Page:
Deep Impact: Late-Round Rookie Targets
Britt Flinn (@Britt_Flinn)
It’s only been a few weeks since the NFL Draft, but fantasy football season is in full swing. By now, we’ve all read endless articles about the top rookie dynasty players, which rookie ended up in the best system, etc. (and if you’re like me, you’re prioritizing each rookie in your sleep). However, as we saw last season, being high in the rookie preseason rankings doesn’t always translate to fantasy success (Zach Moss, anyone? Ouch). So, for us redraft plebians in search of this year’s Justin Herbert or James Robinson, I want to pick a few late-round stash targets.
Amon-Ra St. Brown, WR, Detroit Lions
Going to a Lions team in complete rebuild mode, Amon-Ra St. Brown has the best chance out of this group of rookies to make an immediate impact. After trading away both Kenny Golladay and Marvin Jones Jr., the Lions are in desperate need of a playmaker in their wide receiver corps. St. Brown is an excellent route-runner with the ability to break away from defenders. He’s not particularly fast vertically, but his quick reads and ability to separate make him well-suited to be a slot receiver. Detroit also has a new signal-caller in Jared Goff, and we all know how he loves his slot guys!
Javonte Williams, RB, Denver Broncos
I’m a big believer in drafting your running backs early and reserving your late-round picks for handcuffs, but I’m making an exception for Javonte Williams. The Broncos parted ways with Phillip Lindsay this off-season, leaving Melvin Gordon III as the only feasible starter. (Yes, I know they have Mike Boone and Royce Freeman, but let’s not kid ourselves.) Vic Fangio likes to operate a timeshare in the backfield, and Williams clearly benefits as the number two back on the roster. Gordon has the uncertainty of a suspension following him around after a DUI last season, but even if he’s not, Williams has the talent to take over the starting position in his own right. Despite sharing the backfield with Michael Carter in North Carolina during the 2020 season, Williams posted an insane stat-line. In 11 games, Williams rushed for 1140 yards and reached the endzone 22 times. This guy is the real deal, and I’m all in on stashing him.
Kadarius Toney, WR, New York Giants
Kadarius Toney makes this list because of the opportunity in New York. Hear me out. Although the receiver room looks crowded at first glance, most of the players have a significant history of injury. Since his rookie season in 2016, Sterling Shepard has only managed to play one full season. Kenny Golladay only played five games last season, and I don’t like the chances of his hip holding up on a MetLife Stadium turf monster that claimed more than its fair share of players last season (RIP 49ers). Evan Engram has also had his fair share of injuries, but even with a full season under his belt last year, he caught one whole touchdown.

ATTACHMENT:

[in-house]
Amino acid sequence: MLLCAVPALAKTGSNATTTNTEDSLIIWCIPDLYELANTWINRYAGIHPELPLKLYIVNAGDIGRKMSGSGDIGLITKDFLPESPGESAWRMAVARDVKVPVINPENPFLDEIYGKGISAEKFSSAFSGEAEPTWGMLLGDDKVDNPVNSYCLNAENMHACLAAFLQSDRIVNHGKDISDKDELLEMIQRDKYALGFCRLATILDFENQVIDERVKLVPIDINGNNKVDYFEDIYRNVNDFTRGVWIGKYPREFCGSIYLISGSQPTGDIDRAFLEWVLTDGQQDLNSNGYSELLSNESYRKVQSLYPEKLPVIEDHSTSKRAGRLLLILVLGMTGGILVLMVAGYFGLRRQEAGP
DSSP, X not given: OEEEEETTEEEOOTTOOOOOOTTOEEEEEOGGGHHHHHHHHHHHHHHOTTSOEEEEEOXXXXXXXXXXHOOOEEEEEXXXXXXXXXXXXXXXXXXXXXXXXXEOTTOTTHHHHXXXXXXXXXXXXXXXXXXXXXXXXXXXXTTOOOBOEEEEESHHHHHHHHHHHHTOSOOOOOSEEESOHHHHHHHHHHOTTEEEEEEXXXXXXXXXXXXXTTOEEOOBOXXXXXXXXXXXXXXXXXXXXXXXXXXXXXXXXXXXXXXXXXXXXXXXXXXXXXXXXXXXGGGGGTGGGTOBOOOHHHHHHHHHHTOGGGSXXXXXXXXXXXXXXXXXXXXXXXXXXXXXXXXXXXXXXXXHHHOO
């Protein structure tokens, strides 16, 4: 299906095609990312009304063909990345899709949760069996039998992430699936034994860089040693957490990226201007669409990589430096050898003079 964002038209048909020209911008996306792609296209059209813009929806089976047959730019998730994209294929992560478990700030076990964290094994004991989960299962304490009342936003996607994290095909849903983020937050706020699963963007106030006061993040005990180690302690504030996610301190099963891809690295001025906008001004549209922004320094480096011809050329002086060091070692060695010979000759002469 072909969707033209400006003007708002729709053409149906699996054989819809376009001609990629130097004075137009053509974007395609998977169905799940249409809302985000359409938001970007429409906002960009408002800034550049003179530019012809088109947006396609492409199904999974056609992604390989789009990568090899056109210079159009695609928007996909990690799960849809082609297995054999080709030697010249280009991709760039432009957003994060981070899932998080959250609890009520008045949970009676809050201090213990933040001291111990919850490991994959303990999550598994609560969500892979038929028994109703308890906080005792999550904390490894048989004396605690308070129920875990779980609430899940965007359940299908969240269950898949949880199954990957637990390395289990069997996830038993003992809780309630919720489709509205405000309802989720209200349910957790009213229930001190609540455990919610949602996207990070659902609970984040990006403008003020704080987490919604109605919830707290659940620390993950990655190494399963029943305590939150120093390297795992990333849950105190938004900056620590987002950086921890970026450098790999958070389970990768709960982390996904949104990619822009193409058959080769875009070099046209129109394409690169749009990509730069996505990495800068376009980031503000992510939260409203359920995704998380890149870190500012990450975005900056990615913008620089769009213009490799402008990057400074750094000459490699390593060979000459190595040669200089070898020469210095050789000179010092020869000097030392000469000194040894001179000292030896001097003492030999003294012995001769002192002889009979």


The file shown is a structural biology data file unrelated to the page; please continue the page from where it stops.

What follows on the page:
I don’t like to use the term “injury-prone,” but it’s indisputable that this group of pass-catchers has missed considerable time on the field due to injury. If I were a betting woman, which I am, I’d bet one or two of them will go down for a substantial amount of time this season. This should give Toney an opportunity to flash his versatile skill set as a receiver and rusher.
Rondale Moore, WR, Arizona Cardinals
If you’re plagued with short-term memory like me, you had to refresh yourself on who exactly Rondale Moore was. He had a stellar freshman year in 2018, finishing with 114 catches for 1258 yards and 14 touchdowns over 13 games. However, he missed most of the 2019 season due to injury, and he opted out most of the 2020 season. There were also concerns about his size; at 5’7”, he’s not exactly the prototypical receiver. But, what Moore lacks in size, he more than makes up for with speed and freak athleticism. The Cardinals don’t really have a great slot option, and with teams more often than not double-teaming DeAndre Hopkins, Moore could see a lot of opportunity very quickly in Arizona’s play scheme.
Elijah Moore, WR, New York Jets
Like Rondale Moore, Elijah Moore is another small, shifty guy who thrives in the slot. I am honestly surprised he slid to the second round of the draft. Out of 200 catchable balls, Moore only dropped TEN! He also possesses the ability to shake defenders, and he’s a YAC monster. In eight games in 2020, Moore finished with 86 catches for 1193 yards. Jamison Crowder is the incumbent slot receiver, but with the uncertainty surrounding his contract and his injury history, Moore could slide in the role and produce immediately. We’ll have to pay close attention to new developments in New York before draft season begins, but keep Moore on your radar.
Terrace Marshall Jr., WR, Carolina Panthers
Maybe it’s the SEC bias in me, but I was surprised it took so long for a team to draft Terrace Marshall. He only played seven games in the 2020 season due to opting-out, but he still finished with ten touchdowns and 731 receiving yards. During the offseason, Carolina saw the departure of Curtis Samuel, leaving Marshall with plenty of opportunity to show he’s talented enough to be worthy of a starting roster spot. As a little Easter egg, Marshall is also reuniting with Joe Brady, his offensive coordinator at LSU during their 2019 NCAA Championship season. Call me crazy, but I can sense some magic here.
Well, there you have it. Let me know if you agree, disagree, or feel indifferent and follow me @Britt_Flinn on Twitter!
(Photo Cred: Jayne Kamin-Oncea-USA TODAY Sports)